Public Policy/ Regulatory(5)
HES
Experience
(6)
Inter-
national (7)
Info.
Technology
(8)
Risk Mgmt.
(9)
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Lee M. Tillman

5 years
×
×
×
×
×
×
×
 
×
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Gregory H. Boyce

11 years
1
×
×
 
×
×
×
×
 
×
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Chadwick C. Deaton

5 years
3
×
×
×
 
×
×
×
 
×
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Marcela E. Donadio

4 years
2
 
×
×
 
×
 
×
 
×
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Jason B. Few

< 1 year
1
 
×
×
 
×
×
×
×
×
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Douglas L. Foshee

1 year
×
×
×
 
×
×
×
 
×
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M. Elise Hyland

1 year
1
 
×
 
×
×
×
×
 
×
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J. Kent Wells

<1 year
 
×
×
×
×
×
×
×
×
(1) Experience working as a CEO of a public company
(2) Senior executive level experience in financial accounting and reporting, auditing, corporate financing and/or internal controls or experience in the financial services
(3) Experience as executives or directors in, or in other leadership positions working with, the exploration and production industry
(4) Expertise through relevant undergraduate or graduate in engineering disciplines
(5) Experience in or a strong understanding of the regulatory issues facing the oil and gas industry and public policy on a local, state and national level
(6) Experience in managing matters related to health, environmental, safety and social responsibility in executive and operating roles
(7) Global business or international experience
(8) Experience in or strong understanding of the information technology and cyber security issues facing the oil and gas industry
(9) Executive experience managing risk

6 MARATHON OIL | 2019 PROXY STATEMENT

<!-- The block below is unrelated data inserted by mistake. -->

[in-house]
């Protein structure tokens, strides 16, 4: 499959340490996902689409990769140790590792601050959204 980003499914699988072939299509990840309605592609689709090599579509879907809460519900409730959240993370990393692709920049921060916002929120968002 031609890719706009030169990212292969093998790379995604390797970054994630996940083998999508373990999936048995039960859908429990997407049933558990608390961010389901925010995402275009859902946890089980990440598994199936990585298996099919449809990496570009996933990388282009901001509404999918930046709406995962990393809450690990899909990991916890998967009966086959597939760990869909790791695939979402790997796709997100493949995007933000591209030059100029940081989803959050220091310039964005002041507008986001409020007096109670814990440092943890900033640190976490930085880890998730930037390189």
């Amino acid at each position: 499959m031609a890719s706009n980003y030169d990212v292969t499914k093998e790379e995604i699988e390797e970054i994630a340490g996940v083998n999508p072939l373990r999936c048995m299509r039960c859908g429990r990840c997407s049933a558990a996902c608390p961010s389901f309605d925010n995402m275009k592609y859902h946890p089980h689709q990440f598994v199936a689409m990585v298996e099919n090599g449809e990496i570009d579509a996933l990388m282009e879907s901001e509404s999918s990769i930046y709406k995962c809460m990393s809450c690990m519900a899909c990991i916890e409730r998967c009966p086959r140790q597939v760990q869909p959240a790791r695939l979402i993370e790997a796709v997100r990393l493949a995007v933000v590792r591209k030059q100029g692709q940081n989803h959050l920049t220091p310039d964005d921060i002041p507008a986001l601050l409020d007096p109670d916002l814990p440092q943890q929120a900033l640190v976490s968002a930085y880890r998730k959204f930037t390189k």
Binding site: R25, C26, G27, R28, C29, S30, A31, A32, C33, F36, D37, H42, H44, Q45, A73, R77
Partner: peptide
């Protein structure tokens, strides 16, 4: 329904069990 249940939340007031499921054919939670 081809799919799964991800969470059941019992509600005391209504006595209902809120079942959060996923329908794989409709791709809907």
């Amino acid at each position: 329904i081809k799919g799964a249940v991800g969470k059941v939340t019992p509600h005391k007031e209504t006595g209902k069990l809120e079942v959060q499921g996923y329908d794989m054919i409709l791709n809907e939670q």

NOMINEES FOR DIRECTOR |TERMS EXPIRE 2020
YOUR BOARD OF DIRECTORS UNANIMOUSLY RECOMMENDS A VOTE FOR EACH NOMINEE
 
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BUSINESS EXPERIENCE
Independent Lead Director, Marathon Oil Corporation (since 2019)
Former Executive Chairman and Chairman, Peabody Energy Corporation, a private-sector coal company, St. Louis, MO (Executive Chairman in 2015 and Chairman 2007-2015)
Chief Executive Officer, Peabody (2006-2015); Chief Executive Officer Elect, Peabody (2005); President, Peabody (2003-2008); Chief Operating Officer, Peabody (2003-2005)
Chief Executive Officer - Energy, Rio Tinto pl (2000-2003)
President and Chief Executive Officer, Kennecott Energy Company (1994-1999)
President, Kennecott Minerals company (1993-1994)
Joined Kennecott in 1977 and served in positions of increasing responsibility
CURRENT PUBLIC COMPANY BOARDS
Newmont Mining Corporation
PUBLIC COMPANY BOARDS DURING THE PAST 5 YEARS
Peabody (former chairman and executive chairman)
Monsanto Company
OTHER POSITIONS
Trustee, Heard Museum
Advisory Council, University of Arizona’s Lowell Institute of Mineral Resources
Business Council Member and past board member, U.S.-China Business Council
Past chairman, National Mining Association and Coal Industry Advisory Board of the International Energy Agency
Past member, National Coal Council and Past trustee, Washington University in St. Louis
EDUCATION
B.S. (mining engineering), University of Arizona
Advanced Management Program, Graduate School of Business at Harvard University
Mr. Boyce’s former role as a chief executive officer has provided him with experience running a major corporation with international operations, including developing strategic insight and direction for his company, and exposed him to many of the same issues we face in our business, including markets, competitors, operational, regulatory, technology and financial matters.
 
Gregory H. Boyce
Director since: 2008
Independent Lead Director since: 2019
Age: 64

 
 
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BUSINESS EXPERIENCE
Former Executive Chairman and Chairman, Baker Hughes Incorporated, an oilfield services company, Houston, TX (Executive Chairman 2012-2013 and Chairman 2004-2012)